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The republic of Congo's infrastructure : a continental perspective
 
Author:Pushak, Nataliya; Briceno-Garmendia, Cecilia M.; Collection Title:Policy Research working paper ; no. WPS 5838
Country:Congo, Republic of; Date Stored:2011/10/06
Document Date:2011/10/01Document Type:Policy Research Working Paper
SubTopics:Energy Production and Transportation; Transport Economics Policy & Planning; Banks & Banking Reform; Infrastructure Economics; Public Sector EconomicsLanguage:English
Region:AfricaReport Number:WPS5838
Volume No:1 of 1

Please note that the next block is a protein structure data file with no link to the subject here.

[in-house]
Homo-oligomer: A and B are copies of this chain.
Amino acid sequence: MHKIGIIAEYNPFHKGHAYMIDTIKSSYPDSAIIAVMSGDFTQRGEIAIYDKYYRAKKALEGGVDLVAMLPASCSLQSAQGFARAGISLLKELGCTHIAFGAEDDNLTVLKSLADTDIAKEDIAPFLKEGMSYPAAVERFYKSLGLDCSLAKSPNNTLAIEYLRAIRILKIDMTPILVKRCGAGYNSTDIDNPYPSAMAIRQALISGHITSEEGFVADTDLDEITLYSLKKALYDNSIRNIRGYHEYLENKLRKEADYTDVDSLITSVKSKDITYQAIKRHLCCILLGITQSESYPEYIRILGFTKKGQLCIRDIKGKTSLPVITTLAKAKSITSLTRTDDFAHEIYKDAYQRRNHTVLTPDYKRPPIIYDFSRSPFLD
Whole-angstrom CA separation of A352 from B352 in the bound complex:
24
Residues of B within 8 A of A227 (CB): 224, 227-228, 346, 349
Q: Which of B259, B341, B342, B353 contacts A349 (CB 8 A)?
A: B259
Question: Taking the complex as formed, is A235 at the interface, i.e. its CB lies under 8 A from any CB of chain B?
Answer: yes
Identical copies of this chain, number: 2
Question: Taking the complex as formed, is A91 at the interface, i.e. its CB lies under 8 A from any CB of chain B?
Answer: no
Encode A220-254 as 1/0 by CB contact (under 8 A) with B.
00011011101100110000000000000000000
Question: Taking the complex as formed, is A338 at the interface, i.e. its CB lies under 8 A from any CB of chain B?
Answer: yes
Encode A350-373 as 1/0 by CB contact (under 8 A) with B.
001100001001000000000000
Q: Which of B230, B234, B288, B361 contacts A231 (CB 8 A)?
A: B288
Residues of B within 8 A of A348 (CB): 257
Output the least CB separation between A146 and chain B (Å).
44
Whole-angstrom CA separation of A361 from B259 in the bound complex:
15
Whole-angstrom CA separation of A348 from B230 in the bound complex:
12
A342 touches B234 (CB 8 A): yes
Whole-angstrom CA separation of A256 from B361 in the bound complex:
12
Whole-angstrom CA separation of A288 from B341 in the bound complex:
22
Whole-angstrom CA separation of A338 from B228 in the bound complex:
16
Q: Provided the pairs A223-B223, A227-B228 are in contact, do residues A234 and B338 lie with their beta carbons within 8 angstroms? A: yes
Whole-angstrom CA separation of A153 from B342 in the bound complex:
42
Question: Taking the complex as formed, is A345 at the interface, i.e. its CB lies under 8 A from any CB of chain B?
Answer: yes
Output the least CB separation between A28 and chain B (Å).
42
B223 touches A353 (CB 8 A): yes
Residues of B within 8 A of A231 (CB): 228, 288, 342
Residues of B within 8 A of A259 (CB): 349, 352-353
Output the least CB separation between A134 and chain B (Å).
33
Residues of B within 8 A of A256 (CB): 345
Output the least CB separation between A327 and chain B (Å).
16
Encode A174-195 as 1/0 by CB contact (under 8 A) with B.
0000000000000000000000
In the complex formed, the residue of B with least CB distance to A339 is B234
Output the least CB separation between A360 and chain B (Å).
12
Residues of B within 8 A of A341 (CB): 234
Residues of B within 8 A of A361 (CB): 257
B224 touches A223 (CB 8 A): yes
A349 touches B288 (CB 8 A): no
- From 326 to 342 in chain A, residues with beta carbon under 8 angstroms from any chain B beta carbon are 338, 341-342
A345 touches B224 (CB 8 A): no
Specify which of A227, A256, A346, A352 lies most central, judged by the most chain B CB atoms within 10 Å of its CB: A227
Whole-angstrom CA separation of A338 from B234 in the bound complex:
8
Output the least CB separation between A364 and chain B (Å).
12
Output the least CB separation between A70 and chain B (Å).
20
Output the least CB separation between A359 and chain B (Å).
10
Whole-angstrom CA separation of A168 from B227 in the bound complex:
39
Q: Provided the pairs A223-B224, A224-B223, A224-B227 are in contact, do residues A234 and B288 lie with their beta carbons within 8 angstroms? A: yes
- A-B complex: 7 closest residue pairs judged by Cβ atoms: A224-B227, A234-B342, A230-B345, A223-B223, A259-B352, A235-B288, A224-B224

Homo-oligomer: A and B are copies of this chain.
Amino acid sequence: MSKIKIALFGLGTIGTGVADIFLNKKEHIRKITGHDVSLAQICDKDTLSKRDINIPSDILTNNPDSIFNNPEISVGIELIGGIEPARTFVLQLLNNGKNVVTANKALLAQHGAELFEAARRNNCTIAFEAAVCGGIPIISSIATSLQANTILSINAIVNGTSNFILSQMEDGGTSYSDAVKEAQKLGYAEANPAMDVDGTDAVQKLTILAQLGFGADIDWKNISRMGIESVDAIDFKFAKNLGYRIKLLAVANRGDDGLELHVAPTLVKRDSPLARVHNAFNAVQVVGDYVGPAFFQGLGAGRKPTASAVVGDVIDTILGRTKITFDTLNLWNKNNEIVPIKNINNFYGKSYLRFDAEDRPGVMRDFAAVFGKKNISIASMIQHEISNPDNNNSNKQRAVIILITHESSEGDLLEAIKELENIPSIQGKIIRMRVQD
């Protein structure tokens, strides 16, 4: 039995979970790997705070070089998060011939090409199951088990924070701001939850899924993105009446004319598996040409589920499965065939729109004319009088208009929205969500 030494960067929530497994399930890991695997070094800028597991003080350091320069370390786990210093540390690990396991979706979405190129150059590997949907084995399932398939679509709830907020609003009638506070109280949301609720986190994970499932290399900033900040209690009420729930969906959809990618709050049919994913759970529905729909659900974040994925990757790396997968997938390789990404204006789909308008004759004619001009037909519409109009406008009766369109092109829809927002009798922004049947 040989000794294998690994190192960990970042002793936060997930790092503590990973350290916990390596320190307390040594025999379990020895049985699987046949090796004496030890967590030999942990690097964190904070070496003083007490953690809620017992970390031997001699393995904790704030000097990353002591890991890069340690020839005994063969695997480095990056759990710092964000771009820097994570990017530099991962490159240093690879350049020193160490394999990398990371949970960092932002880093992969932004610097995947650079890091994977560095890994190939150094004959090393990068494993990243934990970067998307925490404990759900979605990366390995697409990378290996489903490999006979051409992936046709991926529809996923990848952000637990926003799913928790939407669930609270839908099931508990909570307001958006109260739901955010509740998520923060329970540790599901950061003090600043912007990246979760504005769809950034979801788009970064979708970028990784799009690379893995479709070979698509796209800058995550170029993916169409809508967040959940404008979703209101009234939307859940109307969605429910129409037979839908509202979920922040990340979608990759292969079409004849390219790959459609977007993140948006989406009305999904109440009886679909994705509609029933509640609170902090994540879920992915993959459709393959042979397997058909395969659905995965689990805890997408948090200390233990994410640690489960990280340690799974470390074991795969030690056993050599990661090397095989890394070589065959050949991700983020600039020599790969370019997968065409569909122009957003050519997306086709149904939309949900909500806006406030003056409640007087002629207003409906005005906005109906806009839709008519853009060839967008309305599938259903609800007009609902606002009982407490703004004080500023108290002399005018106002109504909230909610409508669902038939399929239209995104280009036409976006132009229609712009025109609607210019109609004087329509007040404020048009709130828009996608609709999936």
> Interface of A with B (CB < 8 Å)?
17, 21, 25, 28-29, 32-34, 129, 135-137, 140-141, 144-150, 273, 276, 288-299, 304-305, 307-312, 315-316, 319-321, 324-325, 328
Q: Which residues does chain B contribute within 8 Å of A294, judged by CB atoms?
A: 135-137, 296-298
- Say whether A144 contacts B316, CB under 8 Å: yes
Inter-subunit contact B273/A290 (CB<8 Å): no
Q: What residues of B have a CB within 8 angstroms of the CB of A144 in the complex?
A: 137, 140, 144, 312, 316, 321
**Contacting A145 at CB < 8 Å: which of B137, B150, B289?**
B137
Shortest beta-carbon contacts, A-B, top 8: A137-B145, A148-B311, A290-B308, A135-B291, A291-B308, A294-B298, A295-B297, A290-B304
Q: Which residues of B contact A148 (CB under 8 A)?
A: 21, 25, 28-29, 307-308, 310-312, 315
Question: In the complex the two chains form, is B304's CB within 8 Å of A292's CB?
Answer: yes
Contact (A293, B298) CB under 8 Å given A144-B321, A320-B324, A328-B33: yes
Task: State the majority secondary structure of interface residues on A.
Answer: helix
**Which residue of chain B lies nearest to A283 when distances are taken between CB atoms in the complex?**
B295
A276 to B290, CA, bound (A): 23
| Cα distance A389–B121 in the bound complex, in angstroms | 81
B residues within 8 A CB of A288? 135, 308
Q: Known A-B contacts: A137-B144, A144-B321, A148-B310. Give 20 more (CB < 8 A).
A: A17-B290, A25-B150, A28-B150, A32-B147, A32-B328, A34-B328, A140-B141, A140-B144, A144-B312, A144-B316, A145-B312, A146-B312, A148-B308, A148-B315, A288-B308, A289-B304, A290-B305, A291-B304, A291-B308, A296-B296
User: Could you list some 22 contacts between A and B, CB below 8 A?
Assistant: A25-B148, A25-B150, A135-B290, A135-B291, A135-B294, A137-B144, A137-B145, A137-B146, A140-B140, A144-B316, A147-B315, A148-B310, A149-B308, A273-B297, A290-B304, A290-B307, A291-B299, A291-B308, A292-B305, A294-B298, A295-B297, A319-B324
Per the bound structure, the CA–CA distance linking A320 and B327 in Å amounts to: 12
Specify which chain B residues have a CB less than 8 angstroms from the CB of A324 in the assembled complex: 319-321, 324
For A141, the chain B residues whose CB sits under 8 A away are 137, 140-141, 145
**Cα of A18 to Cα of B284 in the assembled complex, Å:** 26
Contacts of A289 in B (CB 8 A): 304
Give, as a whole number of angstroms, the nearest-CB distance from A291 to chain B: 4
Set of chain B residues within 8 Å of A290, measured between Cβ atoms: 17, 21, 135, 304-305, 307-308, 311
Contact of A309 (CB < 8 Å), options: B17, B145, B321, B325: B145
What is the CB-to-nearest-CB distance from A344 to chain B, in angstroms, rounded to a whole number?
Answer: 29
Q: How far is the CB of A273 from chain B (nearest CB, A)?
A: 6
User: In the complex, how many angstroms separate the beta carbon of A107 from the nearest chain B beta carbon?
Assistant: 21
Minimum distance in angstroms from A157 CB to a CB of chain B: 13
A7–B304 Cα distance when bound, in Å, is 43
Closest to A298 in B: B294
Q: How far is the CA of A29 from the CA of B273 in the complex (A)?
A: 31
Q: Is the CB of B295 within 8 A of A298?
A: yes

Summary: Infrastructure contributed half a percentage point to the Republic of Congo's annual per capita GDP growth from 2001 to 2006. If the country's infrastructure were improved to the level seen in Mauritius, the regional leader, it could contribute more than 3 percentage points to annual per capita growth. The Republic of Congo's existing infrastructure is concentrated in the developed south, reflecting the country's urbanization patterns. Links spread from there to the less-developed north, where there are vast areas of underexploited dense forest. The Republic of Congo's power sector offers the greatest potential for infrastructure-based economic growth, but major inefficiencies need to be addressed. Transit improvements would also make significant contributions to growth by improving connections to the north and to neighboring countries. Additional opportunities include rehabilitating the fixed-line telephone operator to spread Internet access. The country's water and sanitation infrastructure is in relatively good shape. Spending on infrastructure was $460 million per year in the Republic of Congo during the mid-2000s. Based on these spending levels, if all inefficiencies were eliminated, the country would face an infrastructure funding gap of $270 million a year and would not meet infrastructure targets for 31 years. Spending rose to $550 million per year in 2008-09. If the Republic of Congo could maintain these higher spending levels, the funding gap would essentially disappear. The nation could further reduce the funding gap by adopting lower-cost technologies to meet infrastructure targets.

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